IBM quantum computer (IBM Research/YouTube)

IBM expands cloud-based quantum access

IBM announced that select commercial clients and research labs will be working directly with the company to advance quantum computing.

The 12 organizations -- which include companies like JPMorgan Chase, Daimler AG and Samsung as well as regional research hubs such as Oak Ridge National Lab, Oxford University and the University of Melbourne -- make up the newly formed IBM Q Network. The collaboration aims to advance quantum computing and foster a quantum computing ecosystem based on IBM’s open source quantum software and developer tools.

Members of the IBM Q Network will have cloud-based access to the 20-qubit IBM Q system and eventually to the company's 50-qubit prototype processor. They will also be able to tap into quantum engineers, developers and consultants focusing initially in logistics and modeling use cases for mining, banking, life sciences and electronics applications.

In October, the Department of Energy's Office of Science awarded Oak Ridge quantum science research teams more than $10 million over five years to assess the feasibility of quantum architectures for big science problems and to develop algorithms that can take advantage of  quantum computing system' predicted power.

“Establishing ORNL as a hub of the IBM Q Network would again demonstrate that UT-Battelle is at the forefront of innovation, enabled by the world's most advanced computational systems, and will continue to drive transformational advancements in science and research," Oak Ridge National Laboratory Associate Laboratory Director Jeff Nichols said.  UT-Battelle is the private not-for-profit company that operates Oak Ridge for the Department of Energy. 

In June 2016, IBM launched the cloud-based IBM Quantum Experience, which allowed researchers to connect to IBM’s quantum processor via the IBM Cloud. So far, over 60,000 users have run more than 1.7M quantum experiments and generated over 35 third-party research publications, the company said.

Meanwhile, in Redmond…

Microsoft, meanwhile, is pushing its quantum-computing-stack vision, announcing a Quantum Development Kit to enable developers to work with quantum computing regardless of their expertise in quantum physics.  The SDK includes a quantum computing simulator, the purpose-built Q# programming language, a small set of primitive types, along with the ability to create new structured types via either arrays or tuples, according to a report on GCN's sibling site Redmondmag. It also features basic procedural constructs for writing programs such as loops and if/then statements, with top-level constructs being user-defined types, operations and functions.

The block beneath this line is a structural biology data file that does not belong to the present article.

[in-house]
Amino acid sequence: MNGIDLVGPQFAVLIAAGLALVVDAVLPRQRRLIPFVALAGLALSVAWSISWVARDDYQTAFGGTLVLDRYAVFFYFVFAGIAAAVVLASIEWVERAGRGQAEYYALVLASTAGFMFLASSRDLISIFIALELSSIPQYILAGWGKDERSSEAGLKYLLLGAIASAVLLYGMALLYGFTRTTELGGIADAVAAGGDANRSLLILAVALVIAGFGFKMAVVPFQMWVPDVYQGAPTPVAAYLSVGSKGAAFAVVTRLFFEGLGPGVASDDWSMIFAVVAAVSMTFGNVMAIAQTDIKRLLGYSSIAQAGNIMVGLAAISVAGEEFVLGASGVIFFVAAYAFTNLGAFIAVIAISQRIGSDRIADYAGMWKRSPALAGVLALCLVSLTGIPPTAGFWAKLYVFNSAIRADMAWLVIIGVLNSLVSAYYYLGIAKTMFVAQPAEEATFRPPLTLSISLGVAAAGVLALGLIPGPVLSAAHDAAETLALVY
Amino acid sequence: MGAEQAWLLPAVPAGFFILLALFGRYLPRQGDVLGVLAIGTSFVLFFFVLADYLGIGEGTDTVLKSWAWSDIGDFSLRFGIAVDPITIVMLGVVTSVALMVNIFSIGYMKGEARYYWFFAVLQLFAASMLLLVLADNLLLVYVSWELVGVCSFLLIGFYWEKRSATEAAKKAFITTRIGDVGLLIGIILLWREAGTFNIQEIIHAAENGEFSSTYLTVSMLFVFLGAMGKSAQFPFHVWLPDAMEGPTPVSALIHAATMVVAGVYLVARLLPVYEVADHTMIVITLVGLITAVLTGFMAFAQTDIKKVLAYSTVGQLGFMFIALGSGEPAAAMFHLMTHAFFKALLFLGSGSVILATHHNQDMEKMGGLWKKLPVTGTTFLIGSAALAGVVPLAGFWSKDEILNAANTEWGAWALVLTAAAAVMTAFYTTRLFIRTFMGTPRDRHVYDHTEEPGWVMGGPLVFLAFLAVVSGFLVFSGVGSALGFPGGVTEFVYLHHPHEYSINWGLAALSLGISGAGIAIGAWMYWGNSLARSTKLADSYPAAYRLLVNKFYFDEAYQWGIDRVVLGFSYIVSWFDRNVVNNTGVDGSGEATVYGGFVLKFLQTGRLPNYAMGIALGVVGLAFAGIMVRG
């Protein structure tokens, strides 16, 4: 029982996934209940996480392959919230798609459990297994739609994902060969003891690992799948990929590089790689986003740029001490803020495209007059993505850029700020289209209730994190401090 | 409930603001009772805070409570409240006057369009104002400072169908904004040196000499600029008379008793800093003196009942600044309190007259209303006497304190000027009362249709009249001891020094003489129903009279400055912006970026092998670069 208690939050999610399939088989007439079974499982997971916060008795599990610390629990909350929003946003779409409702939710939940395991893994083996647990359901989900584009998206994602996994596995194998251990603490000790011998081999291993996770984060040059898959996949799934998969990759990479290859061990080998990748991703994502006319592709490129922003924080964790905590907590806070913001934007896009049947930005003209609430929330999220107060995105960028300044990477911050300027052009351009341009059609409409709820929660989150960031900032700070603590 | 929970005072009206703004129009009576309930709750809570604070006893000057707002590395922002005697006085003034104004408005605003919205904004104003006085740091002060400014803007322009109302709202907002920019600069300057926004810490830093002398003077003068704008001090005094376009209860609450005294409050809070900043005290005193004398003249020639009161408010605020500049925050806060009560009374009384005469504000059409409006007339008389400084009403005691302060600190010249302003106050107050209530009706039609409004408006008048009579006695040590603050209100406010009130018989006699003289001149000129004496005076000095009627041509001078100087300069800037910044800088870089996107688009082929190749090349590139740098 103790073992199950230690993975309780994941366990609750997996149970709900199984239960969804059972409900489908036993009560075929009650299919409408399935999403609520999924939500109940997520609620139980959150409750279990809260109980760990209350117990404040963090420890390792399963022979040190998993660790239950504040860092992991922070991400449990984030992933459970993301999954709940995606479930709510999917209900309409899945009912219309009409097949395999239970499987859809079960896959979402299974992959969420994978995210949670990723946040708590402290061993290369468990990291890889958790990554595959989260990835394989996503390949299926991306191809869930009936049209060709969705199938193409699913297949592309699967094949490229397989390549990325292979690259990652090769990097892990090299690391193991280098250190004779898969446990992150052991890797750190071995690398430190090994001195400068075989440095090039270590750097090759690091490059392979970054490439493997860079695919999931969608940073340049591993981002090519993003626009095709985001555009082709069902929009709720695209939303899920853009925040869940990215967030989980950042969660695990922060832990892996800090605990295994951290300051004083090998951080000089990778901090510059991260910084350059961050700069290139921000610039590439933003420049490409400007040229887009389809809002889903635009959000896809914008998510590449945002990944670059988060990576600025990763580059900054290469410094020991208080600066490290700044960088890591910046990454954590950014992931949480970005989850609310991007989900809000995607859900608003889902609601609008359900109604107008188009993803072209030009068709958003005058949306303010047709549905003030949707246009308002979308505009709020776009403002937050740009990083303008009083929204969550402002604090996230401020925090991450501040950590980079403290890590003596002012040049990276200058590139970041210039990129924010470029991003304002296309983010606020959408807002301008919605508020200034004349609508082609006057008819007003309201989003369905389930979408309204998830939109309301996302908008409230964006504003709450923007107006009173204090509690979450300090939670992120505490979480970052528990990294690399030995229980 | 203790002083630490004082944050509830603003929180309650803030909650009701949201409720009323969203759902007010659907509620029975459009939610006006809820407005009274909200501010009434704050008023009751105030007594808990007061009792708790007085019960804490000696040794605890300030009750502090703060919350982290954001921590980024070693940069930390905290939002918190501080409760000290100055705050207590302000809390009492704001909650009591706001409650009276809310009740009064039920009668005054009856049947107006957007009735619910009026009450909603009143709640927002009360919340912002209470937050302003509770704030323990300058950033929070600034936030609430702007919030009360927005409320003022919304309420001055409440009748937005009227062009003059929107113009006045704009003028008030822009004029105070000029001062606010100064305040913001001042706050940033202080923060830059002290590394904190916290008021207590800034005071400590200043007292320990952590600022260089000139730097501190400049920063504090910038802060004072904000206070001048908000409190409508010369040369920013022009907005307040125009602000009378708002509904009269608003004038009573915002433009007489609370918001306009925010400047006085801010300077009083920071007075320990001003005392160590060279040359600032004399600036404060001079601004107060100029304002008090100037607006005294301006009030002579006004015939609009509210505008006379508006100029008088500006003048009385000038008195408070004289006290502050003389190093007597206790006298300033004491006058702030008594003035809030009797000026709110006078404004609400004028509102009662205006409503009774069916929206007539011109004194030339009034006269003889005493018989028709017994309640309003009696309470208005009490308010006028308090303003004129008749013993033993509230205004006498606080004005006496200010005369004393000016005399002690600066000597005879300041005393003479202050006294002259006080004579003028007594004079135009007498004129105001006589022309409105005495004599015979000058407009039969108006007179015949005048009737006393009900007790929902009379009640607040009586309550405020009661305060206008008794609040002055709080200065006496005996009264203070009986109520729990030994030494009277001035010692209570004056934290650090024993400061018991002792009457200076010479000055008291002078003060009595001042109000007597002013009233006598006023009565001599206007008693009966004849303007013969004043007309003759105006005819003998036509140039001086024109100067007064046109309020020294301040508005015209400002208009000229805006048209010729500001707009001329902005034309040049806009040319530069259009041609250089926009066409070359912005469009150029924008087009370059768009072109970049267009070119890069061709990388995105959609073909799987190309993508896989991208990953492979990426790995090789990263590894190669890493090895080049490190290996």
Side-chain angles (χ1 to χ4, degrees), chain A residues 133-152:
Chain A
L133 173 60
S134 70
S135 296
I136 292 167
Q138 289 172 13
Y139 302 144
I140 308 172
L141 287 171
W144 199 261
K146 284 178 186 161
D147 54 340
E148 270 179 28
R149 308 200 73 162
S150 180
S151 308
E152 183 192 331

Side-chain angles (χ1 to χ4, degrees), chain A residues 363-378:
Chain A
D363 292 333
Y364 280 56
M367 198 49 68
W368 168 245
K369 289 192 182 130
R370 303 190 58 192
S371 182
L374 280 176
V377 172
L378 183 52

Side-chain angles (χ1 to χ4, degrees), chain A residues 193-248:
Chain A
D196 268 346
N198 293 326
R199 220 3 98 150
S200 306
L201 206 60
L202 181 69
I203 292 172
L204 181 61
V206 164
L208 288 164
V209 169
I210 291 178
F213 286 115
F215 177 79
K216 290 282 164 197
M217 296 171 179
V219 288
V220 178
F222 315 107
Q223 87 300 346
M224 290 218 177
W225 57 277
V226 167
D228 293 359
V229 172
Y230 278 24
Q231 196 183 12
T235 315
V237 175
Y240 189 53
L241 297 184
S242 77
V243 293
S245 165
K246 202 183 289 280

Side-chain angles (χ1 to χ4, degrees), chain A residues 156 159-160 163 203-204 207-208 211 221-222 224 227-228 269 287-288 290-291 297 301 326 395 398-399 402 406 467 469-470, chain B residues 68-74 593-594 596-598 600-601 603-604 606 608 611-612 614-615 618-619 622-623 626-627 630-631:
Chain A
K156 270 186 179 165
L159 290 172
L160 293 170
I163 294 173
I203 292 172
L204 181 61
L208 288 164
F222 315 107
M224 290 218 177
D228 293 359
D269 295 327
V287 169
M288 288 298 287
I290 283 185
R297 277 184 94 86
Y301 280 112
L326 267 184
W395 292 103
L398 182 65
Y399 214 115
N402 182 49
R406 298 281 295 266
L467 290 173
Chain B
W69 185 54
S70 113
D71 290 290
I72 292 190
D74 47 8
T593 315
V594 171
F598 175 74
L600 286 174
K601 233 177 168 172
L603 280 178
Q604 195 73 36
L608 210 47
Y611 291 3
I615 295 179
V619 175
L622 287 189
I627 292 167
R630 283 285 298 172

According to the Microsoft AI Blog, the kit will let people create applications that can currently run on the SDK's local quantum simulator, and those same apps also will eventually work on a topological quantum computer, which Microsoft is in the process of developing for general purpose quantum computing.

With the local quantum simulator (an Azure-based simulator is also available), coders will be able to simulate about 30 logical qubits of quantum computing power just using a typical laptop, Microsoft said. The more scalable Azure simulator boosts that up to more than 40 logical qubits of computing power.

Hardware breakthrough?

In other quantum computing news, engineers from the University of New South Wales have developed a new kind of architecture that uses standard silicon-based semiconductors to perform quantum calculations. The new chip design, published in Nature Communications, "charts a conceivable engineering pathway toward creating millions of quantum bits, or qubits, according to Menno Veldhorst, lead author of the paper that was reported on Phys.org.

"To solve problems that address major global challenges -- like climate change or complex diseases like cancer -- it's generally accepted we will need millions of qubits working in tandem, Veldhorst said. "To do that, we will need to pack qubits together and integrate them, like we do with modern microprocessor chips. That's what this new design aims to achieve."

About the Author

Susan Miller is executive editor at GCN.

Over a career spent in tech media, Miller has worked in editorial, print production and online, starting on the copy desk at IDG’s ComputerWorld, moving to print production for Federal Computer Week and later helping launch websites and email newsletter delivery for FCW. After a turn at Virginia’s Center for Innovative Technology, where she worked to promote technology-based economic development, she rejoined what was to become 1105 Media in 2004, eventually managing content and production for all the company's government-focused websites. Miller shifted back to editorial in 2012, when she began working with GCN.

Miller has a BA from West Chester University and an MA in English from the University of Delaware.

Connect with Susan at smiller@gcn.com or @sjaymiller.

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